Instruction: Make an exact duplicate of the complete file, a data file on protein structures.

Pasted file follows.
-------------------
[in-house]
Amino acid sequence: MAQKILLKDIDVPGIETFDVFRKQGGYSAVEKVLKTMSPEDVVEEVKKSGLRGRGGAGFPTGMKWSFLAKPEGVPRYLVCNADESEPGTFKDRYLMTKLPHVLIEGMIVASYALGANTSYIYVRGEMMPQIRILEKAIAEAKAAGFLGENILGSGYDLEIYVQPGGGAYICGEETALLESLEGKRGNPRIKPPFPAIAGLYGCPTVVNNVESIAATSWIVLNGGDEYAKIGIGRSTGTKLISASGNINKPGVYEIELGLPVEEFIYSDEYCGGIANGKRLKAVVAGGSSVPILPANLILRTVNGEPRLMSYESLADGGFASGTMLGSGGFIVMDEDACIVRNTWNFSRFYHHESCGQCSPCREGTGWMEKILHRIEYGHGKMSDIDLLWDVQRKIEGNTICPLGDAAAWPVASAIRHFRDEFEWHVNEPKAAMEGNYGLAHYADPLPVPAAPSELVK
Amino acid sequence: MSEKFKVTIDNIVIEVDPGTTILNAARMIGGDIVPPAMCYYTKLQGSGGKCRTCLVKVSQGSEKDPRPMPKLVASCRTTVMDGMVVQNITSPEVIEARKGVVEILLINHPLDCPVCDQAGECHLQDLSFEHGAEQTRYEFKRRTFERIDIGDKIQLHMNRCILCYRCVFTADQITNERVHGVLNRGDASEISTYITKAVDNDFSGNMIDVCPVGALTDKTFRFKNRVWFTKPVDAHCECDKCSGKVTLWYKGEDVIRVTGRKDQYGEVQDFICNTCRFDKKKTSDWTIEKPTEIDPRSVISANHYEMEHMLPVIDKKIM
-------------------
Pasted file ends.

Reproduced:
[in-house]
Amino acid sequence: MAQKILLKDIDVPGIETFDVFRKQGGYSAVEKVLKTMSPEDVVEEVKKSGLRGRGGAGFPTGMKWSFLAKPEGVPRYLVCNADESEPGTFKDRYLMTKLPHVLIEGMIVASYALGANTSYIYVRGEMMPQIRILEKAIAEAKAAGFLGENILGSGYDLEIYVQPGGGAYICGEETALLESLEGKRGNPRIKPPFPAIAGLYGCPTVVNNVESIAATSWIVLNGGDEYAKIGIGRSTGTKLISASGNINKPGVYEIELGLPVEEFIYSDEYCGGIANGKRLKAVVAGGSSVPILPANLILRTVNGEPRLMSYESLADGGFASGTMLGSGGFIVMDEDACIVRNTWNFSRFYHHESCGQCSPCREGTGWMEKILHRIEYGHGKMSDIDLLWDVQRKIEGNTICPLGDAAAWPVASAIRHFRDEFEWHVNEPKAAMEGNYGLAHYADPLPVPAAPSELVK
Amino acid sequence: MSEKFKVTIDNIVIEVDPGTTILNAARMIGGDIVPPAMCYYTKLQGSGGKCRTCLVKVSQGSEKDPRPMPKLVASCRTTVMDGMVVQNITSPEVIEARKGVVEILLINHPLDCPVCDQAGECHLQDLSFEHGAEQTRYEFKRRTFERIDIGDKIQLHMNRCILCYRCVFTADQITNERVHGVLNRGDASEISTYITKAVDNDFSGNMIDVCPVGALTDKTFRFKNRVWFTKPVDAHCECDKCSGKVTLWYKGEDVIRVTGRKDQYGEVQDFICNTCRFDKKKTSDWTIEKPTEIDPRSVISANHYEMEHMLPVIDKKIM